On Ash Wednesday, a group of people from the South of Market Episcopal churches in San Francisco went to the Mission (a very busy, poor, mostly Latino neighborhood) to offer ashes at subway stops and on the streets. We served about 250 people in the morning and 300 in the evening. Here is a letter from Deb Tullman, one of the thurifers, and my notes from the evening service...if anyone else in the Diocese has photos, please post to this site. It was an incredible day.
from Deb Tullman:
"Hey, did you know today is Ash Wednesday?" a hipster spoke into his phone as 15 black cassocks passed him on 24th street a block from the BART station. We joined three Brazilian drummers, censed a makeshift altar, and read and prayed. People poured out of the station. Some stopped to take pictures and videos from their phones, some tried to redirect the crowd's attention, and then gradually (who did it first?) the moment of realization, or curiosity...or something...and people began to come forward. How many? It's hard to say. People stopped, stood on the fringes of the service, a circle formed. The kids couldn't keep their eyes off the thuribles' arc. Sara came over. "Want to come with me to Mission Pie and Dianda's restaurants?" We walked through litter and chaos and people knew what we were up to. Words seemed unnecessary in this moment of intense presence, when the fingers touch the temple and time stops over and over and over. A man ran up to Sara and they talked in Spanish as she smiled and gave him his ashes. He bolted back to his car (temporarily abandoned in the right lane, horns around him blaring), hopped back in and drove away. Dianda's bakery wanted ashes too; I half laughed and half cried as Sara reached around the huge cake in one woman's arms as she stretched her head closer and closer. Babies, thugs, teenagers, businessmen...it went on and on. I've been thinking. About what it felt like to swing a thurible in front of trash cans and storefronts. About secular and sacred practices of Lent and how the two bleed into each other. About something Sara said on our way back to the station..."I think people might want a lot more church than we give them."
from my notes:
We started around 4:30, deep gray sky. About 12 of us in black cassocks walked singing and censing and chanting for ten blocks until we had a brief liturgy at the plaza, prostrating ourselves on the sidewalk and blessing the ashes. There were 3 Brazilian drummers accompanying us, and we censed all around the circle of the subway station, stopping at the points of the cross and blessing the 4 directions with clouds of copal. Then returned to the homemade altar, set up on a card table draped in black....Bertie Pearson [a young priest in the diocese] had made signs, one saying LIFE IS VERY, VERY, VERY, VERY SHORT and another saying MORE FORGIVENESS, and duct-taped them to the fence. We were drumming and falling to our knees, rising and singing. Very non-sequential (as grace is).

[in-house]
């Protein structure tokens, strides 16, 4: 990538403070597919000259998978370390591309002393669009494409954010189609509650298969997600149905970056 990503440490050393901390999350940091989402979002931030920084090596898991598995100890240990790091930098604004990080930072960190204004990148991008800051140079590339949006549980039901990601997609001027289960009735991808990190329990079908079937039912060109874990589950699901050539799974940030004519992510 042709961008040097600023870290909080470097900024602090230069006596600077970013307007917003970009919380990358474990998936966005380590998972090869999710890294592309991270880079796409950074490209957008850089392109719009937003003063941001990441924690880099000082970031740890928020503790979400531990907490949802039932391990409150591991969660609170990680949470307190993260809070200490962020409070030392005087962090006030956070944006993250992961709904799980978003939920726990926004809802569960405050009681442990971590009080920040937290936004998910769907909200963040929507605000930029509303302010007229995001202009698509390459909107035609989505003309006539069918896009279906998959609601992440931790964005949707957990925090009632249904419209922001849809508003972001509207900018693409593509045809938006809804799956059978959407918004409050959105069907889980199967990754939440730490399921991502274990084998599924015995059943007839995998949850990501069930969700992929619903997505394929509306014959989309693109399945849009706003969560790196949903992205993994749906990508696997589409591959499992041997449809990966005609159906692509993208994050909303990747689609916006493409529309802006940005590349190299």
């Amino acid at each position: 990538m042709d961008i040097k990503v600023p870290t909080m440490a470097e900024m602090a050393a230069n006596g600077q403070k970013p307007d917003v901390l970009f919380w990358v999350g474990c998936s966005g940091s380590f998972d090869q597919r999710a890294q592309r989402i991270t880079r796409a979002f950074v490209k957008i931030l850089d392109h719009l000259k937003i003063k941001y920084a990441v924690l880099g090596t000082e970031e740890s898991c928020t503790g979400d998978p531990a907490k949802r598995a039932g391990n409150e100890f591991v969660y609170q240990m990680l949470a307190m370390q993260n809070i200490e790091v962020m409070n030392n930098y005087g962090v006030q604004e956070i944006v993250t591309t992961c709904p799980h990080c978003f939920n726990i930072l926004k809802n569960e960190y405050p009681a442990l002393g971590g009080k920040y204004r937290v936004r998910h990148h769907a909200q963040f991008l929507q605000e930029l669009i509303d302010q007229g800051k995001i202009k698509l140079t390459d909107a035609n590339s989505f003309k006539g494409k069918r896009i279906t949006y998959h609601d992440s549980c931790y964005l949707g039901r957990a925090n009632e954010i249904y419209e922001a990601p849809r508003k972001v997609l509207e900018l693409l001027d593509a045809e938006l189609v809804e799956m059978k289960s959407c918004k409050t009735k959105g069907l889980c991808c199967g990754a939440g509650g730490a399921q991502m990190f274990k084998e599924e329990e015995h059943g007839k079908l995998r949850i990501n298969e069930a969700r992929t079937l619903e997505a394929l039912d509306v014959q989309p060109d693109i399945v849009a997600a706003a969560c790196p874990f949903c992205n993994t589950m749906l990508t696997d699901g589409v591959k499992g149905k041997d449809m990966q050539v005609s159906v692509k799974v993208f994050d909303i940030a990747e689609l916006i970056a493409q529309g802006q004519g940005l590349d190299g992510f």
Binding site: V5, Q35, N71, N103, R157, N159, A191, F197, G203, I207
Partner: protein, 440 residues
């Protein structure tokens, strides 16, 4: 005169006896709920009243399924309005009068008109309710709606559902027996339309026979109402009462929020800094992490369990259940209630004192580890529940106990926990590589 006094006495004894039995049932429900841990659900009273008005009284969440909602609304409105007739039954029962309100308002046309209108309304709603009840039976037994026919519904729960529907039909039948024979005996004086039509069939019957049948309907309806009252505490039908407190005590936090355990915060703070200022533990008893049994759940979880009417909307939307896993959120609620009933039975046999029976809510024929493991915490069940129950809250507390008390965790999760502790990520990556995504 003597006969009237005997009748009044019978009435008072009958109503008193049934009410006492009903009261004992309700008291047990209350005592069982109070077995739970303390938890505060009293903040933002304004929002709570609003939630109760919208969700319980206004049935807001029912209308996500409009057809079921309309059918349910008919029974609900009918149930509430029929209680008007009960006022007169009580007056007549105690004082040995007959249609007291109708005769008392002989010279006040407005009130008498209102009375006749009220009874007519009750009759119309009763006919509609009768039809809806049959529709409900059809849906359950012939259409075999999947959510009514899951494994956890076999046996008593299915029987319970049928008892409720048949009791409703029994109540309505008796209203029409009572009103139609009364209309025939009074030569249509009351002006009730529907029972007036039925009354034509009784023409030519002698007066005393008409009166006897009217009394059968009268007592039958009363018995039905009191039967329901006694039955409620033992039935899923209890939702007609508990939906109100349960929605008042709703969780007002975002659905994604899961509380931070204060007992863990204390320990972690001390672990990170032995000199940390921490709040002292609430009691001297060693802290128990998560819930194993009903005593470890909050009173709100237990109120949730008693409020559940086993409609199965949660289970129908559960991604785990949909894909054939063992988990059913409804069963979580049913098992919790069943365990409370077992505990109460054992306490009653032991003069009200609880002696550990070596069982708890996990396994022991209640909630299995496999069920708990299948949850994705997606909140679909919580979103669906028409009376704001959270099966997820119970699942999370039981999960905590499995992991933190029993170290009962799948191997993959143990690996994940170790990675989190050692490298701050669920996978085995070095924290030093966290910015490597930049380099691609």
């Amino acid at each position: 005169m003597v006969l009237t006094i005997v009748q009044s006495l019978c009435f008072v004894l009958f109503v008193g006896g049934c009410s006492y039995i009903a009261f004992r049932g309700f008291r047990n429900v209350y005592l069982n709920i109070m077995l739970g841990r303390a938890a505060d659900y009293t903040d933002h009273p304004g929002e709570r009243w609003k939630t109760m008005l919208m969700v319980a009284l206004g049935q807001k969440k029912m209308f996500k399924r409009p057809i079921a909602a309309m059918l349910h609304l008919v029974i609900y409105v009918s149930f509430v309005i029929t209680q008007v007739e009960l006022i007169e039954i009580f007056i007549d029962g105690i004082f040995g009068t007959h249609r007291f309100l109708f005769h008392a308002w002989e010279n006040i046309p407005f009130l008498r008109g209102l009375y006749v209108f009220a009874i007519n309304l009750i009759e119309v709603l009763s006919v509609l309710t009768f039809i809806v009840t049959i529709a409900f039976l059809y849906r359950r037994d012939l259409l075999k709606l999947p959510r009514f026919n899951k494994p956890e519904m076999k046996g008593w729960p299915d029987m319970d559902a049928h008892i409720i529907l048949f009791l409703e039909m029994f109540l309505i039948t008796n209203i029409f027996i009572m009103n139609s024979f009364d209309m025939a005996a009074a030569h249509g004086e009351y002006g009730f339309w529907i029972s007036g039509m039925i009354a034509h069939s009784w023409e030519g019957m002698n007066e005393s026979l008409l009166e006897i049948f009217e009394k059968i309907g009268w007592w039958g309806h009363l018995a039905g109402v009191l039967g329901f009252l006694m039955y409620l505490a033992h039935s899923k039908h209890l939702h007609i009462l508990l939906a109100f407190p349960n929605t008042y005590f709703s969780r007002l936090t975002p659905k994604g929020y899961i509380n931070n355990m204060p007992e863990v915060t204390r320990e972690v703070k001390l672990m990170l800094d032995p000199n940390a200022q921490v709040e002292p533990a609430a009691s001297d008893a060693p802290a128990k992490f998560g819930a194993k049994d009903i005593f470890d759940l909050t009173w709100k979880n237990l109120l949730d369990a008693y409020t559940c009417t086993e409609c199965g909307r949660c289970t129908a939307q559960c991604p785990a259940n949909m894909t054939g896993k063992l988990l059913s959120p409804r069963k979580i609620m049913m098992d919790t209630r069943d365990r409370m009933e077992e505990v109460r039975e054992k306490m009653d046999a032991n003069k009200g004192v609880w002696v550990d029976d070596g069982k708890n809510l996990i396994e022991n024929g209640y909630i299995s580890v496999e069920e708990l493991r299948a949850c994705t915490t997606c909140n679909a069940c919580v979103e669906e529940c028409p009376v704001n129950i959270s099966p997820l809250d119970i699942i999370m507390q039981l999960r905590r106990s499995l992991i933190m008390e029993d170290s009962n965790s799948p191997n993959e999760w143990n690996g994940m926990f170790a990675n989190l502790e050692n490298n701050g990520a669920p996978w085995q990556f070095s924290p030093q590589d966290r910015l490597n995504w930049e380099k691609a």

The priests stayed, by habit, standing in front of the altar, waiting for people to come to them--which many people did, as they began to come up the escalator in the rush hour after work. But I wanted to peel out, and got a few of our group to walk up and down the nearby streets in our cassocks, men and women both, in pairs of thurifer and ashes, going out to offer ashes on the sidewalks. And then I started to go inside the stores. I just thought-- these people have been working all day, let's see if they want ashes. And in one taqueria, a guy said, "Oh...did you come because we couldn't get to church, so you came to us?"
Yes, we came to them. I want to remember that.
It was on the verge of a storm-- dark sky, a few raindrops. There was a moment when I was walking with Deb with her thurible along Mission, and I'd stopped to impose ashes on an older Filipina lady, and some big Chicano guy pulled up in a truck, put on his blinkers, and threw open the door -- "Oh! can I have those? Wait, my mom is in the back seat, can you go give her some?"
The amazing thing is that when you touch people's foreheads and tell them they are going to die, they inevitably say, "thank you."
Then I went into MacDonalds, where I went through the dining area with people pulling at my cassock and saying "por favor", and I gave ashes, in Spanish, to all the fry cooks, and some teenage girls. And a Guatemalan woman eating a hamburger unwrapped her week-and-a-half old baby and held him up to receive.
We touched the foreheads of commuters, and the gang kids on the corner, and little children, and a bunch of obnoxious drunks, and the librarian at the Mission Branch. The librarian said "Oh, I saw your sign that said forgive more. That's what I need in my life right now. I need to forgive more."
In Dianda's bakery, a baker holding a huge cake in her hands leaned over the counter to me and closed her eyes and said, "Please." I told her she was dust.
This thing is real.
Thanks be to God.